Two years ago I was home, in Panama for my parents 50th
Wedding Anniversary. They were married December 26, 1964. Of course, the priest had to make a comment about how St. Stephen was the first martyr and how Marriage is like martyrdom. We laughed but he had a point. Martyrs are not killed against their will. Martyrs give up their lives willingly. That is what we do in Marriage: We give our lives totally. As we approach the end of 2016, and especially today, on the Feast of St. Stephen, I am thinking about marriage, martyrdom and the diaconate. Those are the themes that I will remember when thinking of this Year of Mercy.
When Pope Francis published his Apostolic Exhortation, Amoris Laetitia
, I did not understand how deeply that one document, in particular chapter 8 would impact my diaconal ministry. In fact my journey towards Amoris Laetitia
Chapter 8 had begun a year earlier when I began walking with a couple – who are very active in our parish and whose 12 year-old daughter is one of our star altar servers – who were not married in the Church. I remember when our priest found out and had to tell them that “perhaps they should not be coming up to receive Communion.”
To be fair, neither the husband nor the wife were previously married and divorced, so bringing them into Communion was not difficult. But I had not realized how common this is. Since then, I have walked with three other couples who are in similar situations. Some were previously married; some required annulments; one had more complicated circumstances; but all could be brought into Communion with the Church.
This year I officiated two of these Marriages for couples who were married outside of the Church and I preached at a third. What joy was it to be able to help these couples! Each time, the most emotional part of the ceremony was Communion. What a privilege to be able to finally give Communion to these couples! I hope to be able to continue with the fourth couple for next year and since then two more couples have approached me to tell me that they are not married in the Church. This is not reflective of my parish; it is more common than you think. In writing Amoris Laetitia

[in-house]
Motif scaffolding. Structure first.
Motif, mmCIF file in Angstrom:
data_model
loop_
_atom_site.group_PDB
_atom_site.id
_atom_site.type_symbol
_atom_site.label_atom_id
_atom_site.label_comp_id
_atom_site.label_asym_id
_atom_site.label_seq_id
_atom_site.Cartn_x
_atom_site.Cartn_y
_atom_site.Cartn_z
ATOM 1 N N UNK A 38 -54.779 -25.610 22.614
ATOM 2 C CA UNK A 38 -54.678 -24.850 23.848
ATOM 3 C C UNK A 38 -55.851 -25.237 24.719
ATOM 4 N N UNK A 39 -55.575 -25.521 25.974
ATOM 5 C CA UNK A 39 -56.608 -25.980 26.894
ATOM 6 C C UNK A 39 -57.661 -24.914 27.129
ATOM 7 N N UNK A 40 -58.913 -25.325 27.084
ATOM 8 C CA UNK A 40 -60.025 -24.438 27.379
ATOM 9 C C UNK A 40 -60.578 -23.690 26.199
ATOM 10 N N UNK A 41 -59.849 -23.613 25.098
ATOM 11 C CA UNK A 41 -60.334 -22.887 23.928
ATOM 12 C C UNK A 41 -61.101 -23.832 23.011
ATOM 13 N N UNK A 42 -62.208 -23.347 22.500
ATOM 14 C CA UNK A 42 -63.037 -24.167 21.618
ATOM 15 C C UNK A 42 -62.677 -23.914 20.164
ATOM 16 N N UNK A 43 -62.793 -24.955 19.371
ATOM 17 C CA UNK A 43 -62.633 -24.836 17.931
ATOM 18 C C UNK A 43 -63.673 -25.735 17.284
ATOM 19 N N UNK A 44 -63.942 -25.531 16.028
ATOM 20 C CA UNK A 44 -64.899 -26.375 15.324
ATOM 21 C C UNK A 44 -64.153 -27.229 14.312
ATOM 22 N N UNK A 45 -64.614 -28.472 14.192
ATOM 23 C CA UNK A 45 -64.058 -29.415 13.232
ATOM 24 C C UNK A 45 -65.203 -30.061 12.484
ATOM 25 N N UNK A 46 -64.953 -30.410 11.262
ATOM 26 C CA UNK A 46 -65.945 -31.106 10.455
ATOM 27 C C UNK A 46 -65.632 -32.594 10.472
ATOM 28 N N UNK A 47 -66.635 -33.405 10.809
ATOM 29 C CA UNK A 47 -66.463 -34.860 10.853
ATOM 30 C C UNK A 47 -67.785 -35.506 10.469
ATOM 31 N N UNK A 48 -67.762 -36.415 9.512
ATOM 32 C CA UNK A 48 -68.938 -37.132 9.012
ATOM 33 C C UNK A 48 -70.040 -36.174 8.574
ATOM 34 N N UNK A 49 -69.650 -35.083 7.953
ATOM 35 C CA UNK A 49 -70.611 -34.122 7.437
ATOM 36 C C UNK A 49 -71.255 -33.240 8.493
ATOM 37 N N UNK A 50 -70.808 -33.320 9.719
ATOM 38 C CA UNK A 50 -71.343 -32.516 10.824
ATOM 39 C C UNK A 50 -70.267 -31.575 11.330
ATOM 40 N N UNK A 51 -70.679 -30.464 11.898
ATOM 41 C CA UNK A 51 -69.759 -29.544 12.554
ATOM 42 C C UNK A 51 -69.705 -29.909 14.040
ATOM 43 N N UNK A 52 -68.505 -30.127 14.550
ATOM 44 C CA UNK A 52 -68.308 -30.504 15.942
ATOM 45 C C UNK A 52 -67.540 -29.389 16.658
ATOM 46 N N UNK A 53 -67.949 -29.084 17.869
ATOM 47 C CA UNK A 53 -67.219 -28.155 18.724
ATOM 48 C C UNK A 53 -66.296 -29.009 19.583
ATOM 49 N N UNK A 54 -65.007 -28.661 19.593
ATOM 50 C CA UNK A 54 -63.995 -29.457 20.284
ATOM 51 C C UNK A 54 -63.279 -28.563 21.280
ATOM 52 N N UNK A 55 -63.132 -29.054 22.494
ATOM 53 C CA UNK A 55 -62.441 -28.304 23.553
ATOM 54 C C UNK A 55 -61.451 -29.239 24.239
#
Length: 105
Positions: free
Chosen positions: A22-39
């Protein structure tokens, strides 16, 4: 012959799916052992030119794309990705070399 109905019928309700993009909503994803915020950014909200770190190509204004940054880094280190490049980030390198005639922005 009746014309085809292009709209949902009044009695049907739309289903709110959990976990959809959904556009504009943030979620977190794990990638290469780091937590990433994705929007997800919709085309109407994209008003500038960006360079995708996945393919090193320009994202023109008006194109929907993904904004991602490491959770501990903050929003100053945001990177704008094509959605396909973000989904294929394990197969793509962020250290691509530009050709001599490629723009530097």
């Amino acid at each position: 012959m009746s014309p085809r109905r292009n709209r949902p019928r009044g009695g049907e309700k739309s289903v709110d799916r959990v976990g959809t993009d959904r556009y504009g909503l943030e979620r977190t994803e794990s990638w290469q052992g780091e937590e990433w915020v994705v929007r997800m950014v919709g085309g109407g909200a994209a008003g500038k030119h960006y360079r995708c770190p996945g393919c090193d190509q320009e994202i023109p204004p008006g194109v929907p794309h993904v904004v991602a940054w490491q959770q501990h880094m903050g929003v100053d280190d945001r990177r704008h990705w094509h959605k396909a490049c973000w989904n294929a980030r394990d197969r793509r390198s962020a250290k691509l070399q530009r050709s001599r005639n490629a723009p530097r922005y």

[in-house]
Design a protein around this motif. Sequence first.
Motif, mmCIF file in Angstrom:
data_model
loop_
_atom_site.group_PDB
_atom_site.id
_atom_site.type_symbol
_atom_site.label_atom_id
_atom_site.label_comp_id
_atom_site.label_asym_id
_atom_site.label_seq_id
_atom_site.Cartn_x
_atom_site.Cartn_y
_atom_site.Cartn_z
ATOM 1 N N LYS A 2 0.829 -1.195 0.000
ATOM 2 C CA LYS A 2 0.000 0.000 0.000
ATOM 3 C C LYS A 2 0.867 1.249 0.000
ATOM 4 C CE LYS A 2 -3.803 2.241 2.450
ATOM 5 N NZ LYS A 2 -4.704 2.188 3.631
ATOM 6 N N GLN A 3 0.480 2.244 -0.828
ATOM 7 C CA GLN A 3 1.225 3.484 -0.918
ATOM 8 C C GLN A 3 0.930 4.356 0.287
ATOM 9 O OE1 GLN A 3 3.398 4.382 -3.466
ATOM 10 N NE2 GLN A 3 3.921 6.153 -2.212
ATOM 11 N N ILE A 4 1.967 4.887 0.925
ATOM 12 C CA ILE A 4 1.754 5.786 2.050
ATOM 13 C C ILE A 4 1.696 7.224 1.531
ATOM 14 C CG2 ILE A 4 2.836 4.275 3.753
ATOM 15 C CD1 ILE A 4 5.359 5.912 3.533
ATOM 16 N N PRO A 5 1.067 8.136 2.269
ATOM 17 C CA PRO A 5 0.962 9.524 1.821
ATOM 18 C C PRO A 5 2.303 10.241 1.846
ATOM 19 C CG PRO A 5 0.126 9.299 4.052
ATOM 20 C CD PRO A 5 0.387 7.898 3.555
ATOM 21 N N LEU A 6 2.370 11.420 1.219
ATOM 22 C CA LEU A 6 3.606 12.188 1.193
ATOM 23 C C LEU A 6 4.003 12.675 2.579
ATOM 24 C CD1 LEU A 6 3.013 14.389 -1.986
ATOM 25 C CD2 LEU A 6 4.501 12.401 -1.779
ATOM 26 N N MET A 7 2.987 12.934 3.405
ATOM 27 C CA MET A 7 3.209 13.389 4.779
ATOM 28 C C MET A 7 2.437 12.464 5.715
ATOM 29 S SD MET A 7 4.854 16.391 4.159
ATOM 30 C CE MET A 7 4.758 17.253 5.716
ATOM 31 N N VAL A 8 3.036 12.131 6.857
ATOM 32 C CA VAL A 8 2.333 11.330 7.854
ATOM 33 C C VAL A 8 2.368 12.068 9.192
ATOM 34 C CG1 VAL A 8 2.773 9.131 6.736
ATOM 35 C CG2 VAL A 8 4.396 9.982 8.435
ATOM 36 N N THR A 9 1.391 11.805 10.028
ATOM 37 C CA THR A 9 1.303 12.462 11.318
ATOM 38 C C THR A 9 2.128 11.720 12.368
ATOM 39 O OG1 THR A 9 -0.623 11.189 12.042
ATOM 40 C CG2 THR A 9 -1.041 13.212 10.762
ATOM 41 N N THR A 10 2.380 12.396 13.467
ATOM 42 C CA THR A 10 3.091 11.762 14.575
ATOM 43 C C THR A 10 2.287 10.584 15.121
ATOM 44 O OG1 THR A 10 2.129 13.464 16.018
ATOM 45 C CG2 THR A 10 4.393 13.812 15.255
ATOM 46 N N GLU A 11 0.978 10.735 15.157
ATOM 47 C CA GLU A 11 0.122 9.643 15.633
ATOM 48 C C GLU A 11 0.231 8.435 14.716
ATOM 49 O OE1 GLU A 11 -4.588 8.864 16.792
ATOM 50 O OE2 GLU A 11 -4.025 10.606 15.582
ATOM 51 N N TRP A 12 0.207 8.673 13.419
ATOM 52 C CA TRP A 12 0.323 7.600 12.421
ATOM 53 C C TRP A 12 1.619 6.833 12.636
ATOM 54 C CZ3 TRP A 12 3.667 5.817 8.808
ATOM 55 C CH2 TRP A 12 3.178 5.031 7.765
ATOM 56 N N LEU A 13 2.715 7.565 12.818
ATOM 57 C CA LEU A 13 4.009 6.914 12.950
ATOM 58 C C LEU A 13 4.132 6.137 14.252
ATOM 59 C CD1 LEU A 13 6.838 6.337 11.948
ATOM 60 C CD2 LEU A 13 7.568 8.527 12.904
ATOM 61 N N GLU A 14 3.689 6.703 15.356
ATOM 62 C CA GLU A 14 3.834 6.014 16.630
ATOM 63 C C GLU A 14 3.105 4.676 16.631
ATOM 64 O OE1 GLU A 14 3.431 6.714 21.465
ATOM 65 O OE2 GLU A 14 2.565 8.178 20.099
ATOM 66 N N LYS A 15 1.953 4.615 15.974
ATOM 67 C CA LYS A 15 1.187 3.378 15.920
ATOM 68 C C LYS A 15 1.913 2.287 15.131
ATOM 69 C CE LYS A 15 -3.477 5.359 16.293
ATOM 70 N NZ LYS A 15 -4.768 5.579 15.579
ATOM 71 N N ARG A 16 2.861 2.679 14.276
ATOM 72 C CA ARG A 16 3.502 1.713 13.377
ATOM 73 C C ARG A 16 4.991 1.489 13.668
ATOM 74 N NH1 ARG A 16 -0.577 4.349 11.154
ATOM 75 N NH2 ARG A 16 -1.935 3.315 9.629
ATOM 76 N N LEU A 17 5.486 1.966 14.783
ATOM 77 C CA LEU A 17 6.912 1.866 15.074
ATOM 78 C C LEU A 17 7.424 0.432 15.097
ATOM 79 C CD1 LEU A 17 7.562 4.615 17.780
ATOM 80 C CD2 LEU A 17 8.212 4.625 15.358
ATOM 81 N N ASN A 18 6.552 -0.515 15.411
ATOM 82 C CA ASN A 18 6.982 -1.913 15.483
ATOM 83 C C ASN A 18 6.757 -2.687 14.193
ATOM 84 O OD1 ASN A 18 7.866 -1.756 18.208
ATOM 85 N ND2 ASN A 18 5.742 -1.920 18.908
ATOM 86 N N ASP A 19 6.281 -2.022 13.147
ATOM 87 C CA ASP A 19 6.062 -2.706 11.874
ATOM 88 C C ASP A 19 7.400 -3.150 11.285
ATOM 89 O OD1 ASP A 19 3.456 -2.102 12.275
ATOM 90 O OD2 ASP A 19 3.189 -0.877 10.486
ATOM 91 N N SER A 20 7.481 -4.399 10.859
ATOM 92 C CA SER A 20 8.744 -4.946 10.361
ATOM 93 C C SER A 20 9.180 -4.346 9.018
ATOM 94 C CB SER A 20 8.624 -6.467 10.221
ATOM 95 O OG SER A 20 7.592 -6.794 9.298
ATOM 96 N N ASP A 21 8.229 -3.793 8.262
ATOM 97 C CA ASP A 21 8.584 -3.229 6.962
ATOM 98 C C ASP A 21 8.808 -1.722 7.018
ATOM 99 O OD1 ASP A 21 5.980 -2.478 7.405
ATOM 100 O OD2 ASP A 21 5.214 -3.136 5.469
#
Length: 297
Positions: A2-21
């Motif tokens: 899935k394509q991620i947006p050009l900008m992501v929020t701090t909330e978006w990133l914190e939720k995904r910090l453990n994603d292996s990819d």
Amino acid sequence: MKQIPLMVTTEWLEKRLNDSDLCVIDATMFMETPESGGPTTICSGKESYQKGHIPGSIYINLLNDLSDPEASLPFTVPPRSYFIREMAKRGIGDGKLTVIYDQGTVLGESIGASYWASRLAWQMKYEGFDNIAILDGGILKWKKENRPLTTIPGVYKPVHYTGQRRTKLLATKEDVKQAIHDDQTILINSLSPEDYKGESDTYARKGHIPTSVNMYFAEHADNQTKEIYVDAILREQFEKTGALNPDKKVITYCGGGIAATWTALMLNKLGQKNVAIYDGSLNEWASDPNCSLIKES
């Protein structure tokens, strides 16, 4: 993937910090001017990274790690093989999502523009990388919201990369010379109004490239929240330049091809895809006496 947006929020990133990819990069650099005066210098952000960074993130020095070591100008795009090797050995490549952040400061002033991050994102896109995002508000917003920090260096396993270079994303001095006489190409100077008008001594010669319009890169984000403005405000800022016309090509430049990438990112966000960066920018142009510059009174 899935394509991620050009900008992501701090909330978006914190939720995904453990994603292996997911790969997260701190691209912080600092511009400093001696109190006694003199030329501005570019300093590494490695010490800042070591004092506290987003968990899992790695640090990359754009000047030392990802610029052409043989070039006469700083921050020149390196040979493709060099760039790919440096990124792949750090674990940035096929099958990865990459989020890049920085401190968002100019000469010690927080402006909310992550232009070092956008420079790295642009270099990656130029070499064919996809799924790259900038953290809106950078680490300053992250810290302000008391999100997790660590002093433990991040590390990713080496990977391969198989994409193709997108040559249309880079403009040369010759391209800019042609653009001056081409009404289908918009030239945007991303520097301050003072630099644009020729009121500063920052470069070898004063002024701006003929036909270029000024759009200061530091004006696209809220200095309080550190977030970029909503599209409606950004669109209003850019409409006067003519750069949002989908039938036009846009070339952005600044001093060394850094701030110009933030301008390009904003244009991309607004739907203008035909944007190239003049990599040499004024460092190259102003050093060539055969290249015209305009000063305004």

, the Synod Fathers have shown that they really have a pulse on the life of the regular parish and regular parishioners.
Part of my diaconal ministry is working with Mexican migrant workers who come to Canada for several months every year to work in our farms. It is a very difficult ministry because of the transient nature of the population. But every once in a while a particular spiritual or pastoral need arises. This year I had one of these experiences.
It happened because one of the workers, Samuel, after a bad fall, was left in a vegetative state in the hospital. His wife came from Mexico to be with me and thus began a slow and difficult journey towards letting him go. After two months of being unresponsive and with no hope for recovery, she decided to disconnect him from life support. Once in the palliative care unit, he lived for 9 more days.
I’ve never been in the hospital with someone who’s on life support. I’ve never been with someone who has to “decide” whether their husband lives or dies. I’m a deacon who is much more comfortable with marriages and baptisms.
As difficult as it was, it was a great privilege to be able to accompany the family through this very difficult time. This experience really taught me something about marriage and martyrdom. The couple was not Catholic – they belong to an Evangelical Community in Mexico – still, being with them every day and then for another month after he died – because of complications with transporting the body to Mexico and other insurance issues – was an experience of Communion.